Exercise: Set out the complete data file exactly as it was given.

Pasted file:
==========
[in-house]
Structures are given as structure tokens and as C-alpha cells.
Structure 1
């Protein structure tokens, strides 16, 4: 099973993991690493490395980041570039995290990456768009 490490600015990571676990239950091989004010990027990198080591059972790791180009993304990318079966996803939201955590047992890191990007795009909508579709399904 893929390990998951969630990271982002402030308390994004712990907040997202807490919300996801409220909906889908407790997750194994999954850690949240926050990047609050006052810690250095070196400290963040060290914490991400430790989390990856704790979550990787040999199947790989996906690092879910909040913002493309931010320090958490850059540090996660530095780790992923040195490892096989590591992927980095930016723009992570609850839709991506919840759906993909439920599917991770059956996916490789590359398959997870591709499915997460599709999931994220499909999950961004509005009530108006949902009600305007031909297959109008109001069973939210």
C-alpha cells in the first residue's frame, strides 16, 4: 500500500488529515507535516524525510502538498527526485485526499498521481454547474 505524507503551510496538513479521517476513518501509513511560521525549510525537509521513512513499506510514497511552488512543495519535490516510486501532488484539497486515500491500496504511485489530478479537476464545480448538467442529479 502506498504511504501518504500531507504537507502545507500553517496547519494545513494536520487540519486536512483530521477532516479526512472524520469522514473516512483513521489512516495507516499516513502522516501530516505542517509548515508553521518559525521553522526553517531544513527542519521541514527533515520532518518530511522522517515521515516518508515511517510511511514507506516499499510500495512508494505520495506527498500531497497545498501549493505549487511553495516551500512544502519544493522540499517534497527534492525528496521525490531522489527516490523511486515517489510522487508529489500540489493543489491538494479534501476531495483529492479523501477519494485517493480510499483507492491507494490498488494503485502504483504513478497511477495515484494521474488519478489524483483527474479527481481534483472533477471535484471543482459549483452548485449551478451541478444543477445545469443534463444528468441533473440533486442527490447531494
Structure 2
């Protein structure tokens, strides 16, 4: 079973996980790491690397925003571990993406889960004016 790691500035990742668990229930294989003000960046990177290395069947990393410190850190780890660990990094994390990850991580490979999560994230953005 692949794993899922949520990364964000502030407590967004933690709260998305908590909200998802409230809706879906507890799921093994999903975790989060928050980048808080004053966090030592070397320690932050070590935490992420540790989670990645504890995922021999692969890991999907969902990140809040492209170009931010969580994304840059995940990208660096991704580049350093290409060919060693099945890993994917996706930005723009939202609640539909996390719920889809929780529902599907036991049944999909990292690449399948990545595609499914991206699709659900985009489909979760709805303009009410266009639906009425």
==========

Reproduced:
[in-house]
Structures are given as structure tokens and as C-alpha cells.
Structure 1
């Protein structure tokens, strides 16, 4: 099973993991690493490395980041570039995290990456768009 490490600015990571676990239950091989004010990027990198080591059972790791180009993304990318079966996803939201955590047992890191990007795009909508579709399904 893929390990998951969630990271982002402030308390994004712990907040997202807490919300996801409220909906889908407790997750194994999954850690949240926050990047609050006052810690250095070196400290963040060290914490991400430790989390990856704790979550990787040999199947790989996906690092879910909040913002493309931010320090958490850059540090996660530095780790992923040195490892096989590591992927980095930016723009992570609850839709991506919840759906993909439920599917991770059956996916490789590359398959997870591709499915997460599709999931994220499909999950961004509005009530108006949902009600305007031909297959109008109001069973939210």
C-alpha cells in the first residue's frame, strides 16, 4: 500500500488529515507535516524525510502538498527526485485526499498521481454547474 505524507503551510496538513479521517476513518501509513511560521525549510525537509521513512513499506510514497511552488512543495519535490516510486501532488484539497486515500491500496504511485489530478479537476464545480448538467442529479 502506498504511504501518504500531507504537507502545507500553517496547519494545513494536520487540519486536512483530521477532516479526512472524520469522514473516512483513521489512516495507516499516513502522516501530516505542517509548515508553521518559525521553522526553517531544513527542519521541514527533515520532518518530511522522517515521515516518508515511517510511511514507506516499499510500495512508494505520495506527498500531497497545498501549493505549487511553495516551500512544502519544493522540499517534497527534492525528496521525490531522489527516490523511486515517489510522487508529489500540489493543489491538494479534501476531495483529492479523501477519494485517493480510499483507492491507494490498488494503485502504483504513478497511477495515484494521474488519478489524483483527474479527481481534483472533477471535484471543482459549483452548485449551478451541478444543477445545469443534463444528468441533473440533486442527490447531494
Structure 2
């Protein structure tokens, strides 16, 4: 079973996980790491690397925003571990993406889960004016 790691500035990742668990229930294989003000960046990177290395069947990393410190850190780890660990990094994390990850991580490979999560994230953005 692949794993899922949520990364964000502030407590967004933690709260998305908590909200998802409230809706879906507890799921093994999903975790989060928050980048808080004053966090030592070397320690932050070590935490992420540790989670990645504890995922021999692969890991999907969902990140809040492209170009931010969580994304840059995940990208660096991704580049350093290409060919060693099945890993994917996706930005723009939202609640539909996390719920889809929780529902599907036991049944999909990292690449399948990545595609499914991206699709659900985009489909979760709805303009009410266009639906009425």